Content management (CM) is a set of processes and technologies that supports the collection, managing, and publishing of information in any form or medium. When stored and accessed via computers, this information may be more specifically referred to as digital content, or simply as content. Digital content may take the form of text (such as electronic documents), multimedia files (such as audio or video files), or any other file type that follows a content lifecycle requiring management. The process is complex enough to manage that several large and small commercial software vendors such as Interwoven and Microsoft offer content management software to control and automate significant aspects of the content lifecycle.
Content Management Process
Content management practices and goals vary by mission and by organizational governance structure. News organizations, e-commerce websites, and educational institutions all use content management, but in different ways. This leads to differences in terminology and in the names and number of steps in the process.
For example, some digital content is created by one or more authors. Over time that content may be edited. One or more individuals may provide some editorial oversight, approving the content for publication. Publishing may take many forms: it may be the act of "pushing" content out to others, or simply granting digital access rights to certain content to one or more individuals. Later that content may be superseded by another version of the content and thus retired or removed from use.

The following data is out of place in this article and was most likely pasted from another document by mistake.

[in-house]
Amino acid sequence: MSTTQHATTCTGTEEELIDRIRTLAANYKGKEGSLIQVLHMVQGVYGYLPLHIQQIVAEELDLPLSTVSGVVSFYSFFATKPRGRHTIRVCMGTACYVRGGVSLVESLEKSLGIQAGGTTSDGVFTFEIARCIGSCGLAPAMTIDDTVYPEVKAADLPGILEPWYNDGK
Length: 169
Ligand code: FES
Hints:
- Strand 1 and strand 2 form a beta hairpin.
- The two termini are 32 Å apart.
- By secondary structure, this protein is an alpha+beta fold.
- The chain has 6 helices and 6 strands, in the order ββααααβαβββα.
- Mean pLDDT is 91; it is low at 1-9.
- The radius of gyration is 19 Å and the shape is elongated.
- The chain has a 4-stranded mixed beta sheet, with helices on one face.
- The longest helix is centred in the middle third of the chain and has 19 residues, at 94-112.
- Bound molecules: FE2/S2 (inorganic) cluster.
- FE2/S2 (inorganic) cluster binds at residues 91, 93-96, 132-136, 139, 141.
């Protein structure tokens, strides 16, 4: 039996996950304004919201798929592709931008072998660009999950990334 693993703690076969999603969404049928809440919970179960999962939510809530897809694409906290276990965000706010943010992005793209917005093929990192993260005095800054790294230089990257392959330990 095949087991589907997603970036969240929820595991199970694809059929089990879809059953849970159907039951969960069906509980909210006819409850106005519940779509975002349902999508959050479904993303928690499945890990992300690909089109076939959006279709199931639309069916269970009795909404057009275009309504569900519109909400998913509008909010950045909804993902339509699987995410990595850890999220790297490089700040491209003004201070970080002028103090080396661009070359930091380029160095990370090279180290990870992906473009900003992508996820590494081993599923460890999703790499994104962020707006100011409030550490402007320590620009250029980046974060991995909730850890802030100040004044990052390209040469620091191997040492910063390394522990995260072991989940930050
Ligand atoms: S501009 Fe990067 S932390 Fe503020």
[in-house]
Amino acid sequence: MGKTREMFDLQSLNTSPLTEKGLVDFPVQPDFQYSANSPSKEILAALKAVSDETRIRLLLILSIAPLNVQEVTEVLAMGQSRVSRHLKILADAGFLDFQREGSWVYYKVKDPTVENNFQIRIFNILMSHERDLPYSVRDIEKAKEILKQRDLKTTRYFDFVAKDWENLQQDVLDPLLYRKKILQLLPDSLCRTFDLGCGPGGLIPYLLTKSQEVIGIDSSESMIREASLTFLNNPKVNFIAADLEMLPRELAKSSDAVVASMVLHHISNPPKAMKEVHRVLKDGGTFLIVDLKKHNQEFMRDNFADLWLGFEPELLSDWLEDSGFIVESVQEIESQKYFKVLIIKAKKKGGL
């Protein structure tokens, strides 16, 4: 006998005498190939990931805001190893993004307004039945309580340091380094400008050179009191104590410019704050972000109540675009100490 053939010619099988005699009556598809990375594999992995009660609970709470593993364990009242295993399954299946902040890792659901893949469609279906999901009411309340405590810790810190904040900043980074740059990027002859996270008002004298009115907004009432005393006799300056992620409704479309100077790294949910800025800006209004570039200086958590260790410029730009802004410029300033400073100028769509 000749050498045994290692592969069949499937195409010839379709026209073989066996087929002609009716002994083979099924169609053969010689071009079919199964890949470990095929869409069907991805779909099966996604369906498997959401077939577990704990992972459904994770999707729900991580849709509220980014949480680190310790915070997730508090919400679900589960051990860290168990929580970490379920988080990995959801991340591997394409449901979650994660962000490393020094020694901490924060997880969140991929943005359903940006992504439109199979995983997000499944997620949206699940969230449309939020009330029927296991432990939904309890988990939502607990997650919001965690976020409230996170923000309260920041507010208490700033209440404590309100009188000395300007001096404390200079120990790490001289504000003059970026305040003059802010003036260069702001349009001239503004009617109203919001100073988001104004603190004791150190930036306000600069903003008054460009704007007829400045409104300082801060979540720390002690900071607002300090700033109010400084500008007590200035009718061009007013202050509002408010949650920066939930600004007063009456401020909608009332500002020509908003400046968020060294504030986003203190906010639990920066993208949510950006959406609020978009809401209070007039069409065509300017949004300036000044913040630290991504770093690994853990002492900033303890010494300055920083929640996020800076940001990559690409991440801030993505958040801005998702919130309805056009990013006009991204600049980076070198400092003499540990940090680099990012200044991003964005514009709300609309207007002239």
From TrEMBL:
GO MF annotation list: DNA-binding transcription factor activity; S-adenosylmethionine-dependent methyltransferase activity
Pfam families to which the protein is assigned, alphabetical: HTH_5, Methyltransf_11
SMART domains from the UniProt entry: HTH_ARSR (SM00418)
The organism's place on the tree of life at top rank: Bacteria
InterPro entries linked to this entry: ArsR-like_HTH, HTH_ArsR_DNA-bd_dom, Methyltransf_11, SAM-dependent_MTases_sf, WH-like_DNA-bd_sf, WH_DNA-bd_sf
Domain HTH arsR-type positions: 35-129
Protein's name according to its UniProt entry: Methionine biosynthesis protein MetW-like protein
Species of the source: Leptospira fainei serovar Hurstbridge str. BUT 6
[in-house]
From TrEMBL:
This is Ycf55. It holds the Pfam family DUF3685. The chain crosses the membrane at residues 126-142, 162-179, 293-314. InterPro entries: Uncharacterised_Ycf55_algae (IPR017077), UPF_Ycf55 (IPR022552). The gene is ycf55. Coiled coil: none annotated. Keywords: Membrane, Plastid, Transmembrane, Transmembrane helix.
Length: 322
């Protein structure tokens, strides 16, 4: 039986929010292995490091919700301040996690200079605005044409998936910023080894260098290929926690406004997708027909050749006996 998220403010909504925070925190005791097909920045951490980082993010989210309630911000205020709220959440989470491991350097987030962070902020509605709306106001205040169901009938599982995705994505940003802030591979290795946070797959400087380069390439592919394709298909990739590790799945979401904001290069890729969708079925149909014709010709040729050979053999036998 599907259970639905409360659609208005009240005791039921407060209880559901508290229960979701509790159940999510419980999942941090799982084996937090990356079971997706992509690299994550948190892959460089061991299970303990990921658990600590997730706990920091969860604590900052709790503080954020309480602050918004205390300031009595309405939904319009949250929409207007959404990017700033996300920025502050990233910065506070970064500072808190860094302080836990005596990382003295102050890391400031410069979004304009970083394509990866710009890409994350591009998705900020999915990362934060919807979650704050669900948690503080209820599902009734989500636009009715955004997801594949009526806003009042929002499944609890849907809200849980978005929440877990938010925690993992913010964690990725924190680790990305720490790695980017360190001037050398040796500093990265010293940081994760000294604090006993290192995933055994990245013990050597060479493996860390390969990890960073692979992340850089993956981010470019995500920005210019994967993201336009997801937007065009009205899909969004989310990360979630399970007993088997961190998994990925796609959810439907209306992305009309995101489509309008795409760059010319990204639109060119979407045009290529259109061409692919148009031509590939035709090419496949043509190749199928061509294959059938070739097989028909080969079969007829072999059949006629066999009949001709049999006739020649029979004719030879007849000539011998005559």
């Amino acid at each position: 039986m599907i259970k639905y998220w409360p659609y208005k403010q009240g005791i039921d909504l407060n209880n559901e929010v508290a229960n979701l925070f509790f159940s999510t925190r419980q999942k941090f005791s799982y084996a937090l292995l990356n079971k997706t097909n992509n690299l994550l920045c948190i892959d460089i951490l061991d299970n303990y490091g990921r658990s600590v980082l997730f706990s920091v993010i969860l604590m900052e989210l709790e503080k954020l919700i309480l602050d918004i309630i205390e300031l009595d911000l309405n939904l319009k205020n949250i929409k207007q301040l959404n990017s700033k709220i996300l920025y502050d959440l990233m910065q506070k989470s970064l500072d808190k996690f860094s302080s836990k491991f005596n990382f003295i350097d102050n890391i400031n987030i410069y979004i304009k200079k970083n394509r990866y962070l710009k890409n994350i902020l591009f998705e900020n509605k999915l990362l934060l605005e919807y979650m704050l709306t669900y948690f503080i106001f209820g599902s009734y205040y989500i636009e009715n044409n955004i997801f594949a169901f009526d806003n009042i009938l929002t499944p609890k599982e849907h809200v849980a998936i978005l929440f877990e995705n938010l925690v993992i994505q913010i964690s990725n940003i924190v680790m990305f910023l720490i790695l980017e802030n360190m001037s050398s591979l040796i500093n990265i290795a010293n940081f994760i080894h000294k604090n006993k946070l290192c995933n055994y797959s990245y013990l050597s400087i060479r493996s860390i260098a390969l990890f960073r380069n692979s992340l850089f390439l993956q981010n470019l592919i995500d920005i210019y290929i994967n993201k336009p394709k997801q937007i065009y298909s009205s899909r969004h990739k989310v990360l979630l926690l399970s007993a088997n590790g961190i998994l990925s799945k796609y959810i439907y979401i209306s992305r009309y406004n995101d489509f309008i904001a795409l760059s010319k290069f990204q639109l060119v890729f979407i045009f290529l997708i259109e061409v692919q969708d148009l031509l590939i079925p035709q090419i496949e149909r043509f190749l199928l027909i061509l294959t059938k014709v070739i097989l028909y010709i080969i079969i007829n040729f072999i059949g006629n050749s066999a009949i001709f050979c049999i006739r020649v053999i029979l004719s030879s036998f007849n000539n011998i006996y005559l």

Content management is an inherently collaborative process. It often consists of the following basic roles and responsibilities:
A critical aspect of content management is the ability to manage versions of content as it evolves. Authors and editors often need to restore older versions of edited products due to a process failure or an undesirable series of edits.
Another equally important aspect of content management involves the creation, maintenance, and application of review standards. Each member of the content creation and review process has a unique role and set of responsibilities in the development or publication of the content. Each review team member requires clear and concise review standards. These must be maintained on an ongoing basis to ensure the long-term consistency and health of the knowledge base.
A content management system is a set of automated processes that may support the following features:
Content management implementations must be able to manage content distributions and digital rights in content life cycle. Content management systems are usually involved with digital rights management in order to control user access and digital rights. In this step, the read-only structures of digital rights management systems force some limitations on content management, as they do not allow authors to change protected content in their life cycle. Creating new content using managed (protected) content is also an issue that gets protected contents out of management controlling systems.